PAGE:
(11-14-2014 10:03 AM)suedanem Wrote: Her doctor said, last night at 5:30, that just going ahead and using an APAP could possibly make things worse because mom had both central and obstructive apnea. (Can someone make a comment on this possibility?)
Ask for copies of the full sleep reports (not a one-page summary), including data and event graphs, for both sleep studies (not just for the most recent).
The doctor is correct.
A few people have both obstructive apneas and central apneas when sleeping without CPAP therapy. This is called Mixed or Complex Sleep Apnea. When being treated with CPAP, although the continuous pressure is needed to prevent obstructive apneas, the CPAP therapy will sometimes cause the number of central apneas to increase, perhaps worsening the overall AHI.
Some people have only obstructive apneas when not being treated with CPAP, but when being treated with CPAP the continuous pressure causes central apneas. This is called CPAP-emergent central sleep apnea or Mixed or Complex Sleep Apnea. Although the CPAP therapy is needed to prevent obstructive apneas, CPAP therapy will sometimes cause the number of central apneas to increase, perhaps worsening the overall AHI.
So standard CPAP or APAP treatment may make things better or worse, but usually makes things much better, at least if the pressure is limited so it does not go too high.
Oxygen Therapy (supplemental O2), in addition to raising the amount of O2 in the blood (which is important), tends to decrease the number of Central Apneas. I think there is more than one cause for Central Apneas, but one cause can be too little CO2 (carbon dioxide) in the blood. Supplemental O2 tends to increase the O2 content of the blood, which, as the O2 is used and is turned into CO2, tends to increase the amount of CO2 in the blood, helping to avoid the type of central apnea which is caused by too little CO2. However, any time we are using supplemental O2, we should at least occasionally (monthly?) wear a recording Pulse Oximeter at night, to verify we are not getting too much O2, which can cause many very serious health problems, such as rendering prescription medications ineffective, and accelerating Coronary Artery Disease, and generally increasing oxidative stress on our whole system.
The gold standard for treatment of Obstructive Sleep Apnea is CPAP/APAP/BiPAP, and the gold standard for treatment of mixed or Complex Sleep Apnea is a CPAP bi-level machine having an ASV (Adaptive Servo Ventilator) therapy mode. Several members of the forum need and use ASV machines.
The presently-available ResMed ASV machine is named the S9 VPAP Adapt. The presently-available Philips Respironics ASV machine is named the System One BiPAP autoSV Advanced.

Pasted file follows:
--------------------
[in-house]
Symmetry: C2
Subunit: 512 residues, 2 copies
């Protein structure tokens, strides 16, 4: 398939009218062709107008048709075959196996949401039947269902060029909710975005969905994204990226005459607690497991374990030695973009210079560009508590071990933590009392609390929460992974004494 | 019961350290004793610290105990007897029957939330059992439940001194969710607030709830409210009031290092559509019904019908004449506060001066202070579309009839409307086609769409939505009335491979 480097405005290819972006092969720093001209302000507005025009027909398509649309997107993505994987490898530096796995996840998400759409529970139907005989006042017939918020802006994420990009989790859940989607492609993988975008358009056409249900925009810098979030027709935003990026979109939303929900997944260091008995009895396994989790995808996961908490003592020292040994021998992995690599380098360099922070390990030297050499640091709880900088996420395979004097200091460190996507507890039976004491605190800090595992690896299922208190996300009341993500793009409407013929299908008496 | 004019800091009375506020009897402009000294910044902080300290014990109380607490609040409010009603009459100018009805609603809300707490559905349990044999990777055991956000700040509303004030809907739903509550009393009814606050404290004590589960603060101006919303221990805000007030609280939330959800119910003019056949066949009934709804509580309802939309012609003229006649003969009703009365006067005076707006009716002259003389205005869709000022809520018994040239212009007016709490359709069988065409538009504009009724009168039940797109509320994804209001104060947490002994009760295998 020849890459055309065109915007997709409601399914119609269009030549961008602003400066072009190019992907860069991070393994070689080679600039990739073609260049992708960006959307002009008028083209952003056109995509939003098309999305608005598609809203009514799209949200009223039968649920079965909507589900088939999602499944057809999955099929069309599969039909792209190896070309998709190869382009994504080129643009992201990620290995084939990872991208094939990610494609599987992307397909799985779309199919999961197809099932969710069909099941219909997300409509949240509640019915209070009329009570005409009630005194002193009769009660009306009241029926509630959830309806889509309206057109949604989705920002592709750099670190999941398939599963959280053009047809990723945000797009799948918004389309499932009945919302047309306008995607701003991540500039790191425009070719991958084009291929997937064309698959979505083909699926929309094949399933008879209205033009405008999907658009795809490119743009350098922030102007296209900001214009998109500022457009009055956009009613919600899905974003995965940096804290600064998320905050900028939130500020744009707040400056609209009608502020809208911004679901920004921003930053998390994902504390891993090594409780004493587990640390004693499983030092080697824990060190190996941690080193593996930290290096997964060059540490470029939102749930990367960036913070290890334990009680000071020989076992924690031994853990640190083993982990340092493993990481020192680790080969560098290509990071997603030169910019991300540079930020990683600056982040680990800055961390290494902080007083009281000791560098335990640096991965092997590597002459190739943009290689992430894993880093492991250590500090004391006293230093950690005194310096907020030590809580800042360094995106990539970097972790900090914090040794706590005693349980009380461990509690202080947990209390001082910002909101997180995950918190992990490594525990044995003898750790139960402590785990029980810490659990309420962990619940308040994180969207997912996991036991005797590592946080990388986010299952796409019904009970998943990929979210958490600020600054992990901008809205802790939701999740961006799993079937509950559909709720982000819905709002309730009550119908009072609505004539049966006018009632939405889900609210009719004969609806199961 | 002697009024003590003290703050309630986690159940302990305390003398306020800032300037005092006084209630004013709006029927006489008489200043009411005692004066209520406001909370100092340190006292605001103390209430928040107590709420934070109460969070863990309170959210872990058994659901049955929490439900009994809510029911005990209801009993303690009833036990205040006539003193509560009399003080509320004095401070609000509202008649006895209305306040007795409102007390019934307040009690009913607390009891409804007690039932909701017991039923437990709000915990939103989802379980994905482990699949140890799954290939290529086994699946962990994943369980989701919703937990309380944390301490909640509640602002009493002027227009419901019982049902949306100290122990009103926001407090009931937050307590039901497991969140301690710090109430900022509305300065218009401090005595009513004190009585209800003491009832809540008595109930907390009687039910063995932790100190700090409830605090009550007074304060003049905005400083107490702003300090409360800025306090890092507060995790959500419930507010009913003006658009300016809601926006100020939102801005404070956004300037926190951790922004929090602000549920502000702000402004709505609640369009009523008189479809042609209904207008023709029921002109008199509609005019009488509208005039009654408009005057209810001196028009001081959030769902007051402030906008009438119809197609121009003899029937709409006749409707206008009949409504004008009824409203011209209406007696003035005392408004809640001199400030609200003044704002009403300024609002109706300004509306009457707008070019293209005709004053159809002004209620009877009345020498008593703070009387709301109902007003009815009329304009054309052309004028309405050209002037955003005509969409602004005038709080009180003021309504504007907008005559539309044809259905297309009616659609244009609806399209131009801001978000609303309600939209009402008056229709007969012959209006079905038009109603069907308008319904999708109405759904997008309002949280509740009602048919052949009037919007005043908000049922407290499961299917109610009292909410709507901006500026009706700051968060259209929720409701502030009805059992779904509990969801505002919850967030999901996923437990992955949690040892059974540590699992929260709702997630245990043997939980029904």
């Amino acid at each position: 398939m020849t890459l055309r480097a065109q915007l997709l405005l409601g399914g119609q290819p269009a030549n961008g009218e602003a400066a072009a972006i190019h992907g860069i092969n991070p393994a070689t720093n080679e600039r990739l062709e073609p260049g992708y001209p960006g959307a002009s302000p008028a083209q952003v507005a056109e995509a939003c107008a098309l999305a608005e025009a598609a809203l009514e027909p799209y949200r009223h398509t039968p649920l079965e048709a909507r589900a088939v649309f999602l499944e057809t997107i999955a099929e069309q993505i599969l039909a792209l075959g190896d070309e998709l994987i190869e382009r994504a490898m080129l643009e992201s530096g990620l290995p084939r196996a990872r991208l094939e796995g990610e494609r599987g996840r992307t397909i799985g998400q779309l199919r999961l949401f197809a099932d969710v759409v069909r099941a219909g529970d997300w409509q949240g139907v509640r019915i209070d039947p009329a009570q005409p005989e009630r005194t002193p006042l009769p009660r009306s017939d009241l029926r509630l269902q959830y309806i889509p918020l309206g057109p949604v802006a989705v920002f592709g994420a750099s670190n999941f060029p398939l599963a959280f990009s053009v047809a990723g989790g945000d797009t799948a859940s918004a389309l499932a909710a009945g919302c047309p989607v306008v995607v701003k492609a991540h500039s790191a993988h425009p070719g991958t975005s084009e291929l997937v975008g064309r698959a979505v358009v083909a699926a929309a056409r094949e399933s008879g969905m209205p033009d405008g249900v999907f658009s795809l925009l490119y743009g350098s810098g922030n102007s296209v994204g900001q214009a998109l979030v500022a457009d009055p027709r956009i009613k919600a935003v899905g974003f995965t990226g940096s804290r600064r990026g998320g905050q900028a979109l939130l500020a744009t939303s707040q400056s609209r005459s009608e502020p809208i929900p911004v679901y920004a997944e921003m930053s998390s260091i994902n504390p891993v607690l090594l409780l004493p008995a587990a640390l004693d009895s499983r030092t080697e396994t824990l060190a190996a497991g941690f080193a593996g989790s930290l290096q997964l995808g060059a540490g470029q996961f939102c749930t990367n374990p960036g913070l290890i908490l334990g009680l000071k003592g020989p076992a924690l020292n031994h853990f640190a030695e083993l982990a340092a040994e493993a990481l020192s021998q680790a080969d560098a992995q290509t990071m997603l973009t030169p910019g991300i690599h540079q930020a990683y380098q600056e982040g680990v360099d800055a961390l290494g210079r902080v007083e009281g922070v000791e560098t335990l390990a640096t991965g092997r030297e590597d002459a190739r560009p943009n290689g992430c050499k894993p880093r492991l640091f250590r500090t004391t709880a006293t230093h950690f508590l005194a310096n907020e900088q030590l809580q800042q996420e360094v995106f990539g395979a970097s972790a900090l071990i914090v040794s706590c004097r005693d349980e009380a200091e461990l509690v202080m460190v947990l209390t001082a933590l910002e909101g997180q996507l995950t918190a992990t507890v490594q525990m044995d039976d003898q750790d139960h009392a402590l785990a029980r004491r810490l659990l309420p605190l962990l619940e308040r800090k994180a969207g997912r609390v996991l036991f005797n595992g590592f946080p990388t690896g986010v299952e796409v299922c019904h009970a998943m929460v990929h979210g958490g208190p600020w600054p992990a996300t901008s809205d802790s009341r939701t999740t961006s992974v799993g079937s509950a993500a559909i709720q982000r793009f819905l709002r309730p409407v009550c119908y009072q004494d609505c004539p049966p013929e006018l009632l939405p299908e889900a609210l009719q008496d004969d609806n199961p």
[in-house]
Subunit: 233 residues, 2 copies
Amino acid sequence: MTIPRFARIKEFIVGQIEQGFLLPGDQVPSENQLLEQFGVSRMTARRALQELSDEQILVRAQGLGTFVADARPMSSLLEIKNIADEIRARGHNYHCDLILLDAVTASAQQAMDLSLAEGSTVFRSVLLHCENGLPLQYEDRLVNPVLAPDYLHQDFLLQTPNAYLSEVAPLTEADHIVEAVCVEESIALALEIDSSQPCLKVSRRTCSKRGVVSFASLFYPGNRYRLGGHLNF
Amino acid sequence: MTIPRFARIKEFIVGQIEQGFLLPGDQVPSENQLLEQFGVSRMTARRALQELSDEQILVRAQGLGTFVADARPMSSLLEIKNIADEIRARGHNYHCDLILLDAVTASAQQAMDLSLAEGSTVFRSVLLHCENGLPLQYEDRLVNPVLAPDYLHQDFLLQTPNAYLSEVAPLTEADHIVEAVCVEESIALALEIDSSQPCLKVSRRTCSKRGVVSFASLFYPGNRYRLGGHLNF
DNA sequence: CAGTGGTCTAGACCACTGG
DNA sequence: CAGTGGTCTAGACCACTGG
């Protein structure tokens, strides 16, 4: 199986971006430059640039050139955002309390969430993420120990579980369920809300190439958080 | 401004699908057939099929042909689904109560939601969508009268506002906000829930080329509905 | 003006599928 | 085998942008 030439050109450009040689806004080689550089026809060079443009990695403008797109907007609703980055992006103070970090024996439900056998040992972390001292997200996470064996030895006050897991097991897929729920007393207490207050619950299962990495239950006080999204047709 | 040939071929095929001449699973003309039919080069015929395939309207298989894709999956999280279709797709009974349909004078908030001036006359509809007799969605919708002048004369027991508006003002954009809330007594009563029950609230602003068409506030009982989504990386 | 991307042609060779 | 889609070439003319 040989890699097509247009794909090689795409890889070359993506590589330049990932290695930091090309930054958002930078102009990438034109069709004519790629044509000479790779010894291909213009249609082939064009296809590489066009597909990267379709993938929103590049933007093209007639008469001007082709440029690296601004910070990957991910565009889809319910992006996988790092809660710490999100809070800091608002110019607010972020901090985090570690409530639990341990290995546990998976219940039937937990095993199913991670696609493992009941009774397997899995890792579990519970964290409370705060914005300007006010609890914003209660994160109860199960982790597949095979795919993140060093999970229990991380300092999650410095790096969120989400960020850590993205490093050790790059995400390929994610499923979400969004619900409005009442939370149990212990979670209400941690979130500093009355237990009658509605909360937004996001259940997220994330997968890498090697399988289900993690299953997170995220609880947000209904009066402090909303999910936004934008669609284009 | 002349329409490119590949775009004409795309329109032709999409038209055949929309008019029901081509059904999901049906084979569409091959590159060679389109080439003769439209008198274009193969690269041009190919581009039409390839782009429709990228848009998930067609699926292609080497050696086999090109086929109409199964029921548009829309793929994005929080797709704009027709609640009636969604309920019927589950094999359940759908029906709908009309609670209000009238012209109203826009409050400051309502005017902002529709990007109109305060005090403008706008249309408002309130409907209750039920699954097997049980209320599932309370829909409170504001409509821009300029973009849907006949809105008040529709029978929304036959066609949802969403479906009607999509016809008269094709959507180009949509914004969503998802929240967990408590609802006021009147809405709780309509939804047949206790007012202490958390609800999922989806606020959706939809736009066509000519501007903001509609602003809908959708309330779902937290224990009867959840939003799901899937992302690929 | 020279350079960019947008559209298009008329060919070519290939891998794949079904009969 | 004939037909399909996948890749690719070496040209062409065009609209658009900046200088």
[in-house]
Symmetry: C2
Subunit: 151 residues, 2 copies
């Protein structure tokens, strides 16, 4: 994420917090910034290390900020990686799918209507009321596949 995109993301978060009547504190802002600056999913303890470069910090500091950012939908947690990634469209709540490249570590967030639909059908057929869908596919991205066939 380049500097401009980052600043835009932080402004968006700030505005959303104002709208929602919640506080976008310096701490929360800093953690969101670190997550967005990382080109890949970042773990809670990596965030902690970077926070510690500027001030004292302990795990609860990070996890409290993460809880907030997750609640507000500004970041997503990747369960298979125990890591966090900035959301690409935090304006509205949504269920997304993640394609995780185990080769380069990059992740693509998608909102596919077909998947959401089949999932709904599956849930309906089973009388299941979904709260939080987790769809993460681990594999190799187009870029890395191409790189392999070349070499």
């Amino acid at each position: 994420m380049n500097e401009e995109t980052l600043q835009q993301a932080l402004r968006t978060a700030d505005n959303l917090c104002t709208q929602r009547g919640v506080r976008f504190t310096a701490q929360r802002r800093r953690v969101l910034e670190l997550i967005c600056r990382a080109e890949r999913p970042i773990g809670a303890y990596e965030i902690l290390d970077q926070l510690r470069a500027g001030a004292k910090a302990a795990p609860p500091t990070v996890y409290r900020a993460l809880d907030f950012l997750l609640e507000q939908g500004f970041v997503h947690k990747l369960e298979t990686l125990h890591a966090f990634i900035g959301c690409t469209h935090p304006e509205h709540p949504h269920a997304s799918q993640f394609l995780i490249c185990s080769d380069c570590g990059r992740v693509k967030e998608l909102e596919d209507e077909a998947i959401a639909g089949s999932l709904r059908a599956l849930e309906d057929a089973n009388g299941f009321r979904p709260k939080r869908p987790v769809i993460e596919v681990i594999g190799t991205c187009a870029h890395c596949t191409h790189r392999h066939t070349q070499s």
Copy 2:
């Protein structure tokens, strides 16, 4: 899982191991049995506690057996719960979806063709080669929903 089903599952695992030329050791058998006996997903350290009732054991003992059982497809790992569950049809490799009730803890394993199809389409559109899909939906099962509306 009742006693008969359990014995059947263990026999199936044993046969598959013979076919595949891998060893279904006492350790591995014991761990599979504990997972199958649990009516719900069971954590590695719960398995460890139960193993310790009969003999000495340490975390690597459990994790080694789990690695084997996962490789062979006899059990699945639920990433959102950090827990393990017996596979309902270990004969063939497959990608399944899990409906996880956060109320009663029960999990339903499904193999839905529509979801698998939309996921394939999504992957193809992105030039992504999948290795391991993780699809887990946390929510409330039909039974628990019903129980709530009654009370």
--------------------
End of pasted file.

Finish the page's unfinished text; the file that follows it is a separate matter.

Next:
The ResMed VPAP Adapt and the PRS1 BiPAP autoSV Advanced are similar to the AutoSet, which can automatically slowly raise the EPAP (the pressure during exhalation) to prevent obstructive apneas. (My own ASV machine is a 2012 model of the S9 VPAP Adapt which cannot automatically adjust EPAP, but the more recent models can.) The EPAP pressure is not raised by the AutoSet during an apnea, but is raised a little after each apnea or hypopnea ends, and is not raised if the apnea type is Central Apnea. The EPAP pressure is also slowly raised if the machine detects snoring or Flow Limitation.
The key additional feature of the ASV machines is that when a central or obstructive apnea or hypopnea begins, the ASV machine will act as a ventilator, by rhythmically increasing and decreasing the pressure, so that we naturally inhale and exhale, with the changing pressure doing for us some or all of the work of breathing. The amount by which the inhale pressure (IPAP) is higher than the exhale pressure (EPAP) in order to aid or cause inhalation, is called the amount of Pressure Support.
Typically, when the Pressure Support is raised up to 10 cm H2O, this is usually adequate to do for us all the work of breathing. For example, if the ASV machine has raised EPAP (the pressure the machine produces when it senses we are exhaling) up to 8 in order to prevent obstructive apneas from occurring, and if a central apnea suddenly starts, and if the machine raises Pressure Support to 10, then the machine would be cycling back and forth between an EPAP pressure of 8 (for exhalation) and an IPAP pressure of 18 (for inhalation). When we once again start breathing normally, the ASV machine reduces the amount of Pressure Support to whatever normal amount of Pressure Support is most comfortable for the user, which is usually between 1 and 5.
There are also non-ASV standard bi-level (VPAP or BiPAP) machines which can produce Pressure Support to help us inhale and exhale, but the amount of Pressure Support is fixed or very slowly self-adjusting, and these standard bi-level machines do not attempt to interrupt or treat central apneas.
Most ResMed CPAP and APAP models, such as the Elite and AutoSet and AutoSet For Her models, are able to use a limited form of bi-level which is named EPR for Expiration (meaning Exhalation) Pressure Relief. EPR is limited to amounts of 3 or lower, and EPR is the amount by which the EPAP pressure is lower than the IPAP pressure.